Restore Data - Linux File System - Full System Restore

To recover OES file system data in the event of a disaster, perform a full system recovery of Linux file system to rebuild the operating system.

Before You Begin

The full system restore operation for a Linux system includes the following general steps. Detailed instructions are provided in the following section.

  1. Install a default install on the system that you want to restore.
  2. Install the Linux File System iDataAgent on the default install.
  3. Create and mount a root file system on the system that you want to restore.
  4. If any additional file systems were lost, create and mount them as well.
  5. Use the Linux File System iDataAgent to restore your data.

    • This recovery procedure is for basic systems without MetaDisks or Logical Volume Management software.
    • For this procedure, you must use a default installation of Linux.

Procedure

To perform a full system restore:

Try to avoid the unconditional overwrite of the root directory on a live file system. This is a mechanism that allows an unconditional overwrite of open files in the root directory (/) on a live file system. Performing such a restore can result in an inconsistent system that may also fail to boot. Use this option AT YOUR OWN RISK.

  1. When you perform a full system restore, the client computer must have a default install partition with the Linux File System iDataAgent installed on the default install. Do not install the default install on the same disk partition that will contain the restored root file system. Install the default install with the networking option enabled. The TCP/IP, hostname, and domain name settings of the default install must match those of the system that you are restoring.

    If you install the default install on an external drive, it can be used for other systems. However, you will have to remove and re-install the Linux File System iDataAgent software for each client. In addition, you will have to reconfigure TCP/IP, hostname, and domain name settings for each system.

  2. Load a default install (minimal install) Linux installation on a bootable partition of your system. Once the software is installed, boot that partition using a boot disk or LILO (Linux Loader).
  3. Install the Linux File System iDataAgent software. When the Linux File System iDataAgent is installed, continue with the next step.

    For more information, see Deployment - Linux File System iDataAgent.

    Use restored or saved data to obtain the information needed to repartition and label the new disk.

  4. Create partitions/slices on the disk by entering the following command:

    fdisk [-l] [-b SSZ] [-u] device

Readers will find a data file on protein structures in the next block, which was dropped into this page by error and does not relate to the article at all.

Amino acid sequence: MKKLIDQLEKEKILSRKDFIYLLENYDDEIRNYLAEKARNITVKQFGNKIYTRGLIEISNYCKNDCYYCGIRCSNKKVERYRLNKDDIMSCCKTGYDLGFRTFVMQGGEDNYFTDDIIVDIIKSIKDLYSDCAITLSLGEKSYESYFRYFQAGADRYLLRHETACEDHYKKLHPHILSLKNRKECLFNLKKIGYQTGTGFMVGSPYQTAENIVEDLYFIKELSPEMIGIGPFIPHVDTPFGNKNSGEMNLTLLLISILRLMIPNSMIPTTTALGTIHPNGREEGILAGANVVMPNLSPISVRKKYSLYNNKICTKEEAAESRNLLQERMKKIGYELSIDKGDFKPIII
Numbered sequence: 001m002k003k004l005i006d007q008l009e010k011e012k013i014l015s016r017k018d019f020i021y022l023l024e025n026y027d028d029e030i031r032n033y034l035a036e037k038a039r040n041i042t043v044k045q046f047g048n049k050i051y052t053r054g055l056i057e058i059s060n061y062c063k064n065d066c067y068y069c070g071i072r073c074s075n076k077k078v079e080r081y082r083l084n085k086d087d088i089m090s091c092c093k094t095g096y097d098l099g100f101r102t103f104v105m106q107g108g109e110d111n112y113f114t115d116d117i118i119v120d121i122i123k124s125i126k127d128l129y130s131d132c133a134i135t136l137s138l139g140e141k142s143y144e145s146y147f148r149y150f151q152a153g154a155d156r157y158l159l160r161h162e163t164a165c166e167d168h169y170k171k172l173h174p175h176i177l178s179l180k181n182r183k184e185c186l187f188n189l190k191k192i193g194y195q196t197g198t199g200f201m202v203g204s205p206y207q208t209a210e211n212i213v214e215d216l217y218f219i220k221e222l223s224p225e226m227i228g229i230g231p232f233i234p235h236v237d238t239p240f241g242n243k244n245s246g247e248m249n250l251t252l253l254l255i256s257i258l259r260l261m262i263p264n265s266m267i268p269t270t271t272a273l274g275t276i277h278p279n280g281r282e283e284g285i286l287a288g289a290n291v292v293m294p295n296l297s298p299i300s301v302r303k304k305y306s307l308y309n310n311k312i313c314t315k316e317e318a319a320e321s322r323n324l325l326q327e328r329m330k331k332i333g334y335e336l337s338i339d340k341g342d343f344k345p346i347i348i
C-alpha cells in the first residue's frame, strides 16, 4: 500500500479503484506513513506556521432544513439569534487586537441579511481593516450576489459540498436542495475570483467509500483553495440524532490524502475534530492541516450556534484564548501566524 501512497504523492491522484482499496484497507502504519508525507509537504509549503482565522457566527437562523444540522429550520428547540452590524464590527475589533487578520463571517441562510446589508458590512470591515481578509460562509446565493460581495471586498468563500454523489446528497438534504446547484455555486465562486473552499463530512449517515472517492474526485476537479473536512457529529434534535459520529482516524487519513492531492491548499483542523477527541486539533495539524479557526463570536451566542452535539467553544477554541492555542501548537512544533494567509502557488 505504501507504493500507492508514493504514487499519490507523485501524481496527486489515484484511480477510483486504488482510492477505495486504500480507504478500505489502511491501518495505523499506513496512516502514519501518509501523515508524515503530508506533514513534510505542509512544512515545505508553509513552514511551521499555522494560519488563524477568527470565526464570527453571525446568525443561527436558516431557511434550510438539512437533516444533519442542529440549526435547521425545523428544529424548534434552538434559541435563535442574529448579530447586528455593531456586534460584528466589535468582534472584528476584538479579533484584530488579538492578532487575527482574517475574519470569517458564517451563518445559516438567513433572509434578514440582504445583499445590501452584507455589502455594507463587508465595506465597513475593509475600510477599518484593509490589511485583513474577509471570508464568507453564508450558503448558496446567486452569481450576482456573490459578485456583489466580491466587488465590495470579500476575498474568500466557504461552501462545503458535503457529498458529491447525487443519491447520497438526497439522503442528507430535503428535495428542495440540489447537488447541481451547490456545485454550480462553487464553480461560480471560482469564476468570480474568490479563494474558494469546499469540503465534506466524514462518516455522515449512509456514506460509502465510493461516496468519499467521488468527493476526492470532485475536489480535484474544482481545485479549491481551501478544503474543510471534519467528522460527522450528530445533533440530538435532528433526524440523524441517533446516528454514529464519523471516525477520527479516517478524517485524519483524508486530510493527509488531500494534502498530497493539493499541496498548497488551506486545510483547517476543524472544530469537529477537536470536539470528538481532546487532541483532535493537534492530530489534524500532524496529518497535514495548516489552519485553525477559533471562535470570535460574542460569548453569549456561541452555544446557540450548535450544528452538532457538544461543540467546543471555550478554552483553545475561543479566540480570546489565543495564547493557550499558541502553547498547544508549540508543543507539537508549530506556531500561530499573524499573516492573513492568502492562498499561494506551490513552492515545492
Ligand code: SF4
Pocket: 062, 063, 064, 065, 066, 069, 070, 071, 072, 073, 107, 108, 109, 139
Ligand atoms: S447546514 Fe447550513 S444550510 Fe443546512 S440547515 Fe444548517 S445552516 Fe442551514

5. Create the root file system by entering the following command:

    mkfs [-V] [-t fstype] [fs-options] /dev/<hda1> [size]

    where <hda1> is the Drive Identifier of the partition where you want to create the root file system.

  6. Mount the new root file system at /mnt by entering the following command:

    mount /dev/<hda1> /mnt

    where <hda1> is the Drive Identifier of the partition containing the root file system.

    If any other file systems existed on the root disk before the system crash, you must recreate them as well. For each file system, enter the following command:

    mkfs [-V] [-t fstype] [fs-options] /dev/<hda2> [size]

    where <hda2> is the Drive Identifier of the partition containing the file system that was lost.

  7. Create an empty directory called "proc" on /mnt as follows:

    mkdir /mnt/proc

  8. If you have recreated any file systems other than root, you must mount these as well. For each file system, enter the following commands:

    mkdir /mnt/<file_system_name>
    mount /dev/<hda2> 
    /mnt/<file_system_name>

    where <file_system_name> is the name of the file system and <hda2> is the Drive Identifier of the partition containing the file system.

  9. From the CommCell Console, right-click the backup set that contains the backup data of the root file system, click All Tasks, click Restore, type "/" as the path to restore from, type or accept "/mnt" as the restore destination, and use the Advanced tab to exclude from the content of the restore any file systems that were not affected by the system crash.

    Do not select Unconditional Overwrite from the Restore Options dialog box.

  10. When restoring encrypted data, refer to Data Encryption.
  11. Click OK to start the restore.
  12. Verify that the restore operation has completed successfully.
  13. If required, install either the LILO or grub boot loader (per the boot loader that was used in your environment) to the restored disk. Be sure to refer to the documentation for your distribution for the appropriate syntax and usage for your boot loader. For example, the following indicates use of the grub boot loader:

    chroot /mnt
    grub-install /dev/<hda>

  14. where <hda> is the Drive Identifier of the partition containing the root file system.
    Exit and reboot the computer. The system boots to the newly restored root.

The procedure is now complete.

If you have installed to a new server where the mount points may be different, be sure to edit the fstab and mtab files in the restored /etc directory to match the new server; also, be sure to edit the /boot/grub/menu.lst file to match the new configuration. Also, if there are hardware changes, be sure to reboot to single user first so that you can add new drivers to the operating system if needed.